First large insurer breaks ranks to say new flood insurance deal unfit for purpose

14 Feb

From Western Morning News (link at end of article)

The Government has been urged to re-think its plan to provide insurance for flood-hit properties after a major under-writer warned some in the Westcountry could be left exposed.

Hiscox is the first insurance firm to publicly raise doubts about the planned Flood Re scheme, the deal negotiated by the industry last summer and currently going through Parliament.

Flood Re is designed to put a levy on most households to keep down the premiums of the 2% homes at highest risk.

Hiscox said Flood Re actively excludes one-in-six households in flood-affected areas, including many properties currently under water in Somerset.  Customers would be at the mercy of the open market, which would mean flood insurance is unlikely to be affordable for many of those excluded. Properties excluded included new homes built after 2009, buy-to-let properties, and higher value properties. Businesses will also not be covered by Flood Re.

Bronek Masojada, chief executive of Hiscox, said: “This week’s events show that the Government’s proposed flood insurance scheme would leave many homeowners in a desperate situation.  What made sense in the heat of negotiation just won’t work in the real world.  “Flood Re is great for Britain in concept, but the Government’s proposals fall short in practice. An urgent rethink is needed.  “We absolutely support a sustainable, mutualised solution to the problem of insurance, but the Government must listen to growing concern from insurers and the public.”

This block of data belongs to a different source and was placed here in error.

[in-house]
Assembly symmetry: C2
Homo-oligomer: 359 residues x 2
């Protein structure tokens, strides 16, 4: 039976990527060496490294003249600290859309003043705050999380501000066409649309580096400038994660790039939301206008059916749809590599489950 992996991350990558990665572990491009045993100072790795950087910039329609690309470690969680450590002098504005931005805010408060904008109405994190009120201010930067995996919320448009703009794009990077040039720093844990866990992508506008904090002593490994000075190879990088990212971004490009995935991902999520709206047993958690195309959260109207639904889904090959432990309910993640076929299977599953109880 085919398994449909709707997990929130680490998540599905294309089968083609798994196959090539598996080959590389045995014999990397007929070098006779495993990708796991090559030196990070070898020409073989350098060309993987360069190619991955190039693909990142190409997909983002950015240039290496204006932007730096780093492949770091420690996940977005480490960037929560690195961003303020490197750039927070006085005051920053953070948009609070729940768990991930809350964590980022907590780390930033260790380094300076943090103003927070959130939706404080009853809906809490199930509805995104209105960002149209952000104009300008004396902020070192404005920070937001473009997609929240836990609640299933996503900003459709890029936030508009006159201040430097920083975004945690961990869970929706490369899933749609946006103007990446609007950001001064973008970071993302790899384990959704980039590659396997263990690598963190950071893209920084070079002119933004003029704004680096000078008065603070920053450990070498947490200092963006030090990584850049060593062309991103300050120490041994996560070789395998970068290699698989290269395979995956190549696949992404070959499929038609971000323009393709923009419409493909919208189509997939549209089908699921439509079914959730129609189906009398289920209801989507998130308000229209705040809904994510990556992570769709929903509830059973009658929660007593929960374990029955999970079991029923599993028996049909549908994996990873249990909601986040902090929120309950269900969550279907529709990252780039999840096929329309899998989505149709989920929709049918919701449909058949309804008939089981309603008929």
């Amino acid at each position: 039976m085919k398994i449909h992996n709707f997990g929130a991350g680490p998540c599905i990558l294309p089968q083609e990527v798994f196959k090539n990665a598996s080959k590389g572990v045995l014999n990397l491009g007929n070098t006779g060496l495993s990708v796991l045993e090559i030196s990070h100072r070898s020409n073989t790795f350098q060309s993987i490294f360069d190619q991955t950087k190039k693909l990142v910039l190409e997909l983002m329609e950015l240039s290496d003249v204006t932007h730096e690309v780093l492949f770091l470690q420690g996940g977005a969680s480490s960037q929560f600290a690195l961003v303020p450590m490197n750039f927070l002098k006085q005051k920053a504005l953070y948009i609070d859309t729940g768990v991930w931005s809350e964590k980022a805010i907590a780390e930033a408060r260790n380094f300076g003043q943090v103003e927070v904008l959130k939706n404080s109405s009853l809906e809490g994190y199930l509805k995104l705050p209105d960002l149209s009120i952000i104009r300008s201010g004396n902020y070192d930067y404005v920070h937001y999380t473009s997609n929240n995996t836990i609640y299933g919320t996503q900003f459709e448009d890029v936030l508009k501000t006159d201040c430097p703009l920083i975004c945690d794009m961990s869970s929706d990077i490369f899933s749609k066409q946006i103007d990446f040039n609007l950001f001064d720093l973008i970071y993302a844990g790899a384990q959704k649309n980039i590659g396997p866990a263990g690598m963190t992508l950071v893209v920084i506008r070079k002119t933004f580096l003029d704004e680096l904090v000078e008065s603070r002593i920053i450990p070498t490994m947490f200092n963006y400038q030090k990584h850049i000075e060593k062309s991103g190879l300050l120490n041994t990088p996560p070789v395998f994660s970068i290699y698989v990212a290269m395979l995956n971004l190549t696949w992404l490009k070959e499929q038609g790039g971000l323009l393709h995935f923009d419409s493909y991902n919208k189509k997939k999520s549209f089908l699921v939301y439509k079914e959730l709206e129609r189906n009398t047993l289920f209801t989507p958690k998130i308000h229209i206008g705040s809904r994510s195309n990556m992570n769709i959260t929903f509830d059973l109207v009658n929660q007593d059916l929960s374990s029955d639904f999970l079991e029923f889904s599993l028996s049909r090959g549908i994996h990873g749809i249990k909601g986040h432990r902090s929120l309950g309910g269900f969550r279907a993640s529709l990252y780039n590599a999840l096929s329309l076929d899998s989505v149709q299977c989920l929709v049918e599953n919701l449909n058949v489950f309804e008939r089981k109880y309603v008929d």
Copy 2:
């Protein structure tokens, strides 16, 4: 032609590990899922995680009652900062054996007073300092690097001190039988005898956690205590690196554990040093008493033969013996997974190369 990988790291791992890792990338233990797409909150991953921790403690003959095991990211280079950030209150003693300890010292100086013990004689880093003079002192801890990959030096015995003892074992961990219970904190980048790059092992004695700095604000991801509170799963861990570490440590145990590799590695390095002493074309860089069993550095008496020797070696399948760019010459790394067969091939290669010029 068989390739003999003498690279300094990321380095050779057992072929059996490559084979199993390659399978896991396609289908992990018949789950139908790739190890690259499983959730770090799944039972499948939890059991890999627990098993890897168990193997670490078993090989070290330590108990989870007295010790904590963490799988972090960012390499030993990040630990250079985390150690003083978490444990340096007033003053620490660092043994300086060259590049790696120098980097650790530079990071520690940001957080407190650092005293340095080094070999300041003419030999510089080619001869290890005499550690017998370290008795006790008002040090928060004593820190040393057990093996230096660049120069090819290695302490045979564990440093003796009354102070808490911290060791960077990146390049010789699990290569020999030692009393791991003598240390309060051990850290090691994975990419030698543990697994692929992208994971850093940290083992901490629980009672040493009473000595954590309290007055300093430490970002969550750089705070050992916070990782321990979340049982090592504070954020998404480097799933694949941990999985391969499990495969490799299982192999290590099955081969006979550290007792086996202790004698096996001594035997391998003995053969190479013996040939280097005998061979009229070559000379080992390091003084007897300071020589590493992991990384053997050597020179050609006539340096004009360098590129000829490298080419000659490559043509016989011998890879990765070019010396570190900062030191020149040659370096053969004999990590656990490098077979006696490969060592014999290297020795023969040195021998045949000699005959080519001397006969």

The Federation of Small Businesses (FSB) has called on the Government to offer more insurance protection for businesses when floods strike.  Many small businesses in the Westcountry have been severely damaged in the current floods sweeping through the UK. And with the potential of more flooding to come in future years, the FSB has called on the Government to provide better insurance safeguards to flood-threatened firms.

Flood Re places a cap on the  total cost homeowners in high flood risk areas would have to pay. So a householder in the average band D property will pay no more than an estimated £800 a year.  Adrian Penter, chairman of the Cornwall FSB, said: “We feel is it vital that the Government has a rethink and includes small businesses in its Flood Re scheme.  And it would obviously be a very timely and welcome thing for the Government to do at the moment.”

When visiting Exeter on Thursday, Labour leader Ed Miliband warned that the Government’s deal was full of “holes” and could leave many thousands of Westcountry households without cover.  He met a flood-hit family whose insurance premium has rocketed almost eight-fold in recent years.  He said: “There are lots of people worried about the costs of insurance being driven up and up and so we are looking at how the scheme can be improved.”

The deal agreed this summer followed the end of the “statement of principles”. In essence, the industry pledges to insure the properties at the highest risk in return for guarantees from the Government over investment in flood defences and other pledges, such as the state being an insurer of last resort.
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